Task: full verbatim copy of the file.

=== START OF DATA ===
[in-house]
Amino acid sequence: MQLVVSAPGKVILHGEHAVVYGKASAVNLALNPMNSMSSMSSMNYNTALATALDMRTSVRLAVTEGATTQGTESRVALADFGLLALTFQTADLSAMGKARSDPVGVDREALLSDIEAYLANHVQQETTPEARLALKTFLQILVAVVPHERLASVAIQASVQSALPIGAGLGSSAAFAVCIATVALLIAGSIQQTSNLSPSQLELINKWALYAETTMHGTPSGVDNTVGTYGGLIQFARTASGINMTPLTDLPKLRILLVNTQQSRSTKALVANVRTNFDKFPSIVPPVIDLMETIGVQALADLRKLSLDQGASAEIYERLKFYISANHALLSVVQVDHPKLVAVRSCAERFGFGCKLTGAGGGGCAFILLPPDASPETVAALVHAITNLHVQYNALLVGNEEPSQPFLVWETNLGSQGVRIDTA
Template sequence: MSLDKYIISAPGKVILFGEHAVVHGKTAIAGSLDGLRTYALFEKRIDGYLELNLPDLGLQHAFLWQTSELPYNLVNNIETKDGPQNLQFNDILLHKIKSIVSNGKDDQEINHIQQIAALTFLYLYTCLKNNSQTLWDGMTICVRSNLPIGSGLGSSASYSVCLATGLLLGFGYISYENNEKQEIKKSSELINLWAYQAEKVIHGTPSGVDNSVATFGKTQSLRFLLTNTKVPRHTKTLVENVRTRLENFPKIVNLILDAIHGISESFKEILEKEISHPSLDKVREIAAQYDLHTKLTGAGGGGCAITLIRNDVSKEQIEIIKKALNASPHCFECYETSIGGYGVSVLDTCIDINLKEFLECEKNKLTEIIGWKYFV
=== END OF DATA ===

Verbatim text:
[in-house]
Amino acid sequence: MQLVVSAPGKVILHGEHAVVYGKASAVNLALNPMNSMSSMSSMNYNTALATALDMRTSVRLAVTEGATTQGTESRVALADFGLLALTFQTADLSAMGKARSDPVGVDREALLSDIEAYLANHVQQETTPEARLALKTFLQILVAVVPHERLASVAIQASVQSALPIGAGLGSSAAFAVCIATVALLIAGSIQQTSNLSPSQLELINKWALYAETTMHGTPSGVDNTVGTYGGLIQFARTASGINMTPLTDLPKLRILLVNTQQSRSTKALVANVRTNFDKFPSIVPPVIDLMETIGVQALADLRKLSLDQGASAEIYERLKFYISANHALLSVVQVDHPKLVAVRSCAERFGFGCKLTGAGGGGCAFILLPPDASPETVAALVHAITNLHVQYNALLVGNEEPSQPFLVWETNLGSQGVRIDTA
Template sequence: MSLDKYIISAPGKVILFGEHAVVHGKTAIAGSLDGLRTYALFEKRIDGYLELNLPDLGLQHAFLWQTSELPYNLVNNIETKDGPQNLQFNDILLHKIKSIVSNGKDDQEINHIQQIAALTFLYLYTCLKNNSQTLWDGMTICVRSNLPIGSGLGSSASYSVCLATGLLLGFGYISYENNEKQEIKKSSELINLWAYQAEKVIHGTPSGVDNSVATFGKTQSLRFLLTNTKVPRHTKTLVENVRTRLENFPKIVNLILDAIHGISESFKEILEKEISHPSLDKVREIAAQYDLHTKLTGAGGGGCAITLIRNDVSKEQIEIIKKALNASPHCFECYETSIGGYGVSVLDTCIDINLKEFLECEKNKLTEIIGWKYFV